“There was nothing to like about the stadium. The most charm the place had was the greyhound track in the parking lot.”

  • General view of a mist-enshrouded playoff game between the New England Patriots and Pittsburgh Steelers at Foxboro Stadium in Foxboro, Massachusetts on Jan. 5, 1997. The Patriots won the game, 28-3. (Mandatory Credit: Al Bello/Allsport)

    General view of a mist-enshrouded playoff game between the New England Patriots and Pittsburgh Steelers at Foxboro Stadium in Foxboro, Massachusetts on Jan. 5, 1997. The Patriots won the game, 28-3. (Mandatory Credit: Al Bello/Allsport)

    The owner of the team at the time was James B. Orthwein, who’d bought the Pats from cash-strapped electric razor magnate Victor Kiam in 1992.

    “I was there for Victor Kiam,” recalls former quarterback Scott Zolak. “They’d bring out a folding table, put out a bunch of ties and razors and say “Merry Christmas.”

    While the St. Louis businessman’s publicly stated desire was to turn around the franchise and flip it to a local buyer, Orthwein was also the head of a group looking to bring the NFL back to the Gateway City. While the league was considering adding two expansion franchises (which became the Carolina Panthers and Jacksonville Jaguars), you couldn’t help but wonder if Orthwein would try to uproot the Pats. And he almost did.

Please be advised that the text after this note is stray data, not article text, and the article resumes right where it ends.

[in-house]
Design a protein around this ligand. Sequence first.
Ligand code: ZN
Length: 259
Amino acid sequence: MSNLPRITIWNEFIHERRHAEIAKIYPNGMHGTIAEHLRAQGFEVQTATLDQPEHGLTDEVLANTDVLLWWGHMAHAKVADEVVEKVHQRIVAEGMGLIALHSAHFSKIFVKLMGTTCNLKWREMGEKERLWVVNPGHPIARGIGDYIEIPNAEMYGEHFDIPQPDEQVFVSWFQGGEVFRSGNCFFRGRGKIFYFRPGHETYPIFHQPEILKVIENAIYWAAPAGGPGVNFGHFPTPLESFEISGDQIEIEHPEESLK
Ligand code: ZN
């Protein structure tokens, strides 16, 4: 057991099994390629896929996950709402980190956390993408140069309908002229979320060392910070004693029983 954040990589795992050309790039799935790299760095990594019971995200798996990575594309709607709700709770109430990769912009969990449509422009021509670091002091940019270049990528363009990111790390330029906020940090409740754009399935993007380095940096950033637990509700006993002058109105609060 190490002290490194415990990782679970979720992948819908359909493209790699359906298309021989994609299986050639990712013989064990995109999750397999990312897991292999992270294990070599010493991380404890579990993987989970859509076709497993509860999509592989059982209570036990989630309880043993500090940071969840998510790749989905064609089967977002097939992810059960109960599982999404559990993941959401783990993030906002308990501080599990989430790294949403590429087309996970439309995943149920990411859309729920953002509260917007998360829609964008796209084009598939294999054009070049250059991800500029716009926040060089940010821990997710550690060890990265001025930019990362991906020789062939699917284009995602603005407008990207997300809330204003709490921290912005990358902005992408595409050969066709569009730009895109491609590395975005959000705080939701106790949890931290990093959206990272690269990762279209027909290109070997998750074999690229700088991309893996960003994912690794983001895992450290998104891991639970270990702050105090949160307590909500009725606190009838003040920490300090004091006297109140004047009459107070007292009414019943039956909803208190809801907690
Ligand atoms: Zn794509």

“It was real,” Zolak remembers. “I actually have a St. Louis Stallions hat. It was purple and gold.”

    Wherever the team was to be located, they needed a coach. And somehow, Orthwein wound up reeling in a big one. While the Pats interviewed such coaching luminaries as Mike Ditka, Buddy Ryan and Dan Reeves, as well as future Eagles head man Ray Rhodes for the vacant job, one name blew everybody out of the water: Bill Parcells.

    Why would the Big Tuna, a two-time Super Bowl champion with the Giants, choose the Patriots?